The automotive shops that I admire don’t exist on TV, and that bothers me big-time. Here are some of the shops I admire: TriWorks Hot Rods in Nashville; Greening Auto Company in Cullman, Alabama; Painthouse in Houston; Ida Automotive in Morganville, New Jersey; and Bay One Customs in Springfield, Tennessee.
At these shops, there’s no weird salesman that comes in with a mysterious build that he needs done fast with no questions asked, there’s no unrealistic deadlines (other than SEMA, sometimes), and there’s no fake drama, just good work being done and outstanding cars being built. There’s no way on God’s earth that a business model similar to those on some of these “shop-based” reality shows would survive more than a couple of months at best. There’s money to be made in our industry and there are people that are willing to spend it having cars restored, improved, and modified; the aforementioned (real) shops prove that. But what customer in his right mind would toss his checkbook over to some of these TV “shops” that thrive on apathy and wrench tossing?
It’s no secret why a lot of the new shows on that new network are exactly the same formula, with interchangeable characters that get into hijinks and shenanigans on a daily basis while building a project on a ridiculous deadline but still getting it finished just in time over and over and over again. Is this real? Hell no! Of course it’s not real. It’s a transposed reality-TV model that was brought over from other genres with the hope that it would bring more eyeballs to a niche industry. Everyone that works in that industry understands that this is produced TV and drummed up drama.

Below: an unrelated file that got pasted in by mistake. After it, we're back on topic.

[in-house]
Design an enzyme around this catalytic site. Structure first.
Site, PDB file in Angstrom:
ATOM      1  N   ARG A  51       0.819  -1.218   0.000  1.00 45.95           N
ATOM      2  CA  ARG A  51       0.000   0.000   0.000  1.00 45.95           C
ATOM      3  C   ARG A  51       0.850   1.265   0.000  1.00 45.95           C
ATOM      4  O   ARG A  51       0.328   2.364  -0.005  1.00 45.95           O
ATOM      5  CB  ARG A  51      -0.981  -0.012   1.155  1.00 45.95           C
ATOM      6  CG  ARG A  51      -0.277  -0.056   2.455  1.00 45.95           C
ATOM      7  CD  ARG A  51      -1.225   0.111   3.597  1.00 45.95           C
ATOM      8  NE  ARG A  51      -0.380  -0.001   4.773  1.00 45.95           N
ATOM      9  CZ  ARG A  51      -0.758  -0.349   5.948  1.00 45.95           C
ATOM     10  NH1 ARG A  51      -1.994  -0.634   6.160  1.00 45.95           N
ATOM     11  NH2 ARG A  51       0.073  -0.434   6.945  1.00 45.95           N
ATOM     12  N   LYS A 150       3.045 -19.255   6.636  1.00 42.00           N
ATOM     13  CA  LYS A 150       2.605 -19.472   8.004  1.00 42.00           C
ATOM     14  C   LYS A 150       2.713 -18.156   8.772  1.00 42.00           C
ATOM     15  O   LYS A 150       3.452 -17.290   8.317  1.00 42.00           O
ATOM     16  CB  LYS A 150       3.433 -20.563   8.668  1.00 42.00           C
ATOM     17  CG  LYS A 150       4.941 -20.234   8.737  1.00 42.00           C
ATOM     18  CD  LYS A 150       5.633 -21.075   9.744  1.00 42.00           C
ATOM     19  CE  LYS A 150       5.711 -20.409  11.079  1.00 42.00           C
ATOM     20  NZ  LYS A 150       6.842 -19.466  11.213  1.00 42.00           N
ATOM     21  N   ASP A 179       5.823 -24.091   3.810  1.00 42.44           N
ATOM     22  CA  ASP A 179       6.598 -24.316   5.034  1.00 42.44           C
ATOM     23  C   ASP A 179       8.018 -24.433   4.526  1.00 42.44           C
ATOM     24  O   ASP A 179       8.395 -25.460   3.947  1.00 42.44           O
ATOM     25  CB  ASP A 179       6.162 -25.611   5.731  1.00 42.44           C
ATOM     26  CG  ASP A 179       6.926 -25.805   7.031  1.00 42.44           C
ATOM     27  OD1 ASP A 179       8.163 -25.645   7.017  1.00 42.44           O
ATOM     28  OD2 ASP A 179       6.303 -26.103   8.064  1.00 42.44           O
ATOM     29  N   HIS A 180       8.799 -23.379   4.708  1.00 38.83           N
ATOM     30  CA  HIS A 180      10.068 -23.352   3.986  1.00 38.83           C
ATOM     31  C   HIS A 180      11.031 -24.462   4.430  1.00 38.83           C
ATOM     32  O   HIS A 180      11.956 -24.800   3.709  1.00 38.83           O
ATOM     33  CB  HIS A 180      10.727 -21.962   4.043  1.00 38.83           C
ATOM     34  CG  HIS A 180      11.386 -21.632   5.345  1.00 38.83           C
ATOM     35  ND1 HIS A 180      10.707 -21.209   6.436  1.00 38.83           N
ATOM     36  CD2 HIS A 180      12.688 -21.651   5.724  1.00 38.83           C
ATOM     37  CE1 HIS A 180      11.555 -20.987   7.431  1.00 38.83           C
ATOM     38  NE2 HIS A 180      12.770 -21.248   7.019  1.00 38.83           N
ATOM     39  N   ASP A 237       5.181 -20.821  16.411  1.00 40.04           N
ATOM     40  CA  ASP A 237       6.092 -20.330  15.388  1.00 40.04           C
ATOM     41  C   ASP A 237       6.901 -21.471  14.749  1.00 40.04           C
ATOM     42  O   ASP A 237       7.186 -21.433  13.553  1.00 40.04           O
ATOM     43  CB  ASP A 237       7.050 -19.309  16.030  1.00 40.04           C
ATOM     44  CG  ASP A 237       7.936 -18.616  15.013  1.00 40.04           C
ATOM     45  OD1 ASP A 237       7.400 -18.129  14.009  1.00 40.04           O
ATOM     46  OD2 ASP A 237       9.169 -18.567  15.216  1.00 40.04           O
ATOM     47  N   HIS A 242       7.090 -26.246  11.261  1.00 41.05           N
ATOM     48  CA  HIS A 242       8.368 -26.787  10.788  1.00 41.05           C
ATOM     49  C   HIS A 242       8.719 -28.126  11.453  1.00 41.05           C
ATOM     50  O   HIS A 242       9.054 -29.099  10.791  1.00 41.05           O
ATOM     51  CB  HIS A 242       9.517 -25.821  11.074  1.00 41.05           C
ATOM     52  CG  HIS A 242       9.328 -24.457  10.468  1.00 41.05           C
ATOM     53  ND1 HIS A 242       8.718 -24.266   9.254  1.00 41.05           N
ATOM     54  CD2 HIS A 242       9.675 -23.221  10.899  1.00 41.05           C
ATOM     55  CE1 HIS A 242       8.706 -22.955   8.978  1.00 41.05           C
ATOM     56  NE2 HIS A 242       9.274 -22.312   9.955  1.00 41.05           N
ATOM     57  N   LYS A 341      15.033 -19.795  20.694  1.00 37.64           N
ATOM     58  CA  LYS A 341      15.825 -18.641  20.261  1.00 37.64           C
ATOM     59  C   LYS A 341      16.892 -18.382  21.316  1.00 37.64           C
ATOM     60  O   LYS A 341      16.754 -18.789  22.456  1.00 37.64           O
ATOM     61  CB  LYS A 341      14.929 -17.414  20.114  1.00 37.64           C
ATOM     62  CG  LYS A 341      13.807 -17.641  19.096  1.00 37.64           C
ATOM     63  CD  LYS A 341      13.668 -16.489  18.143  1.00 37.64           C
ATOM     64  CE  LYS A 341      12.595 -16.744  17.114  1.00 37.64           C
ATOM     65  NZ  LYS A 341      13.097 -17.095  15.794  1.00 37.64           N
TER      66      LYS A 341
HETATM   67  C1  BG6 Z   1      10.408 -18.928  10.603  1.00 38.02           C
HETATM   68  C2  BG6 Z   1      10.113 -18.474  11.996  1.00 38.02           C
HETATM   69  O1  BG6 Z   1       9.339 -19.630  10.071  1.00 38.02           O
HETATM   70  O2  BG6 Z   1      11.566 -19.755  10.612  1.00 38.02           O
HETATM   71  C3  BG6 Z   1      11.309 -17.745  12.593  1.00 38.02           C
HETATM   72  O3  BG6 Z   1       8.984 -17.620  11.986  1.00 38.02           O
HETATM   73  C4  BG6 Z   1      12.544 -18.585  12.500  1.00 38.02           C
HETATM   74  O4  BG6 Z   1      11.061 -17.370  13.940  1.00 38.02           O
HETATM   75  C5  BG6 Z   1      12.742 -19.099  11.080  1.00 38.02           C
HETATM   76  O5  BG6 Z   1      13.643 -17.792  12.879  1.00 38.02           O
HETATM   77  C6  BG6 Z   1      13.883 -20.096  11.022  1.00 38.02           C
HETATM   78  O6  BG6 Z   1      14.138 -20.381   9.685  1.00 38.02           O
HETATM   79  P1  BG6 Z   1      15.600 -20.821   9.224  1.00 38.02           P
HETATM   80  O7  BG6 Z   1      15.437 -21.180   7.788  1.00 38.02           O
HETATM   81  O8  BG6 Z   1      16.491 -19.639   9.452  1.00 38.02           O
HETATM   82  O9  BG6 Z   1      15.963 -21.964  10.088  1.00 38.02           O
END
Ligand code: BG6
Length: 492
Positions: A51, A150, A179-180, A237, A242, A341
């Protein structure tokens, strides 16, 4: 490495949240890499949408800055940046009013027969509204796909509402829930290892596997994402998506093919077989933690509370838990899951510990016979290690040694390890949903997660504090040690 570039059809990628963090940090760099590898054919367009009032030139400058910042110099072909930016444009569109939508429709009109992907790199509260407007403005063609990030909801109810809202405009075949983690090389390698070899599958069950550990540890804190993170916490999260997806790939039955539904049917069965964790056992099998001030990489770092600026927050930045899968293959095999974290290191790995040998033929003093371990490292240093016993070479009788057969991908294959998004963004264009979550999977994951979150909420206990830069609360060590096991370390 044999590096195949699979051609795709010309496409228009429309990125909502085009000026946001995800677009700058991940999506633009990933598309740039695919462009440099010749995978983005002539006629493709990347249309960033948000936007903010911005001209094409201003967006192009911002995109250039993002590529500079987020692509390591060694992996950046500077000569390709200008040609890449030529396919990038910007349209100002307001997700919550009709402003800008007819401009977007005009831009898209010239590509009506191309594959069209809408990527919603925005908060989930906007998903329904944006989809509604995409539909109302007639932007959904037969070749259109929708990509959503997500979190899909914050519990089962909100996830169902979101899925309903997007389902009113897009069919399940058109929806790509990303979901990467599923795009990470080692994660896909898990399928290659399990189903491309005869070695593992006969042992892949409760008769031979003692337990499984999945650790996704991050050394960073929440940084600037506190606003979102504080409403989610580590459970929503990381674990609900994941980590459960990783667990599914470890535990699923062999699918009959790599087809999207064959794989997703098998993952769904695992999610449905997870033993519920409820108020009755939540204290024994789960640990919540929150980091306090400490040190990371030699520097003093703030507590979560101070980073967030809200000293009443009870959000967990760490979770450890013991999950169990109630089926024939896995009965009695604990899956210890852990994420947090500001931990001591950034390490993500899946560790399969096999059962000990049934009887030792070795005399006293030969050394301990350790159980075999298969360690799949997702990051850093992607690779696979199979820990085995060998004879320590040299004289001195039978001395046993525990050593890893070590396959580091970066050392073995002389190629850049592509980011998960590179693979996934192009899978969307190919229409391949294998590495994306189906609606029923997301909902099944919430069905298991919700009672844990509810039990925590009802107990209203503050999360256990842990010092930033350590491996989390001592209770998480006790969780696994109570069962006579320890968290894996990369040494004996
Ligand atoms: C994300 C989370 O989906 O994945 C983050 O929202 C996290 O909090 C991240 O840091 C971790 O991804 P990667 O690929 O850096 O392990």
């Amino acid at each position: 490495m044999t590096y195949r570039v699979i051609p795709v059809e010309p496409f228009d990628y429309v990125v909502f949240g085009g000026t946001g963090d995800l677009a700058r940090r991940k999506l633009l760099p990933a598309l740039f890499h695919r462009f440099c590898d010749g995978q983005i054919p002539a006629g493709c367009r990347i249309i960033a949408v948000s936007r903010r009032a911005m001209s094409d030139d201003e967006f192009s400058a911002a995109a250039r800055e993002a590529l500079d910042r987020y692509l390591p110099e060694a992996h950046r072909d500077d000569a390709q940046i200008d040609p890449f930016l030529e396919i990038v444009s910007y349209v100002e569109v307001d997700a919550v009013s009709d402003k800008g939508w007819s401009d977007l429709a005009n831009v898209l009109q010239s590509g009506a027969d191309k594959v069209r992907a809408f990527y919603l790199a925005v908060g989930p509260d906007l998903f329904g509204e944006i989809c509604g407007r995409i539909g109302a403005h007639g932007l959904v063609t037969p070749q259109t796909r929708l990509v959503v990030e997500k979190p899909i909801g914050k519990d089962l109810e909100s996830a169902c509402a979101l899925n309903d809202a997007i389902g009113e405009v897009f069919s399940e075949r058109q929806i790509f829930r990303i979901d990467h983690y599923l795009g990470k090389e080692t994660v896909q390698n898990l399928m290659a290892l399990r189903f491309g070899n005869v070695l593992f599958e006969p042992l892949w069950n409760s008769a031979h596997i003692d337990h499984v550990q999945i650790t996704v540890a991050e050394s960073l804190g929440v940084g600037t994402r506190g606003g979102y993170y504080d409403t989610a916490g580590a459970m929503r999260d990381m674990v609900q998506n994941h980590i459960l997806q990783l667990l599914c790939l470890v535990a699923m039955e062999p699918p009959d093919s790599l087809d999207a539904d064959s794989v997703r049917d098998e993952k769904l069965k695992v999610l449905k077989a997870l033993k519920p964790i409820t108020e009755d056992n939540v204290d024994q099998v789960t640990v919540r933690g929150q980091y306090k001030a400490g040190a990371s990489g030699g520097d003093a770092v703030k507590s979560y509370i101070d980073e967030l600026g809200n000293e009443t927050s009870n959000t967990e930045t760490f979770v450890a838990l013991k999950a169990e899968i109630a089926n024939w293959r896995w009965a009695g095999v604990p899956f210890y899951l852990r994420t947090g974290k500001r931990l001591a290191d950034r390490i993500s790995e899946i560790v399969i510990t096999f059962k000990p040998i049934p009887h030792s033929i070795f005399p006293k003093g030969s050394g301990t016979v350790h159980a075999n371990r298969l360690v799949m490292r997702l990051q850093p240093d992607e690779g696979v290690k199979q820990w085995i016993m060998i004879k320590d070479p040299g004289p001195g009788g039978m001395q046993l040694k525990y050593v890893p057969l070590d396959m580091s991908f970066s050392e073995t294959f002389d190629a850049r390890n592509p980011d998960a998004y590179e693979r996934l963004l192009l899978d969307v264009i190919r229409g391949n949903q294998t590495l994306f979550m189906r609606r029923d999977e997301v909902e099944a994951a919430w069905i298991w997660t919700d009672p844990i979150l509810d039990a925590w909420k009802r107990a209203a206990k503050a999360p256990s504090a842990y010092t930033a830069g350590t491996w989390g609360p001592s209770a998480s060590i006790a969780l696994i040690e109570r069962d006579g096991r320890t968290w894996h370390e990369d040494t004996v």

I suppose I should apologize to the people that I will offend or hurt with this column that don’t feel like their show is of this type, and to be fair not all current automotive TV is “fake.” There are some shows that shine a positive light on the craftsmanship that our industry produces. My problem is that from 10,000 feet, we all look like clowns to the uninformed non-car guys.
Consider the observer effect, in which a subject alters their behavior because they know they are being watched. So the producers throw a camera on somebody and tell him or her to react to a given scenario, and it’s no wonder you get a manipulated outcome.
Some might say, “Get over it, Kevin. It’s entertainment.” I guess. Some people who have watched me on TV can probably bring up examples of me buying into a storyline or a “deadline” from time to time, but the premise of any of the TV that I have done was not to create drama but more to solve problems and pass on skills that I’ve picked up in my career.
It’s obvious that giant networks run away screaming from how-to formats. How-to TV is boring, and I can live with that. What troubles me is that I can turn to a food channel and see tons of home cooks elevated to rock star status in competition shows and we are told constantly that theirs is a noble profession. It is. And that there’s a career ahead of them filled with rewards, respect, and integrity. There is. Then I flip back to a network that specializes in fake automotive shop scenarios that make our entire industry look like stooges and idiots.
Maybe I’m just jealous that I don’t have a Trucks spin-off show that has crazy deadlines and mega T-shirt sales. Maybe I would feel different about it if I were actually one of the main characters on one of those series. It’s hard to say without having been in those shoes, but from where I stand the impression that is being broadcast of the automotive aftermarket is far from real and it bothers me.
So how do we show the world that gearheads and car builders aren’t a bunch of cartoonish drama queens that spend more time setting up a joke to play on their co-worker than actually doing the work? I don’t have the answer right now, but maybe somehow over time we can change the perception of what a career in the automotive field looks like. Let’s show that there’s some integrity in our trade, not just a quick flip and a trip to the go-kart track to blow off steam. Let’s spotlight some amazing and rewarding careers that have been earned over time with hard work, not produced on TV.
I know many skilled craftsmen that are amazing at what they do and are successful businessmen as well. Let’s shine a light on that side of the aftermarket, as well as being “entertained.” Are you not entertained?
About the Author: Kevin Tetz is an automotive restoration expert, TV personality, freelance automotive journalist, and owner of Paintucation Instructional DVDs.
Photo by Jesse Greening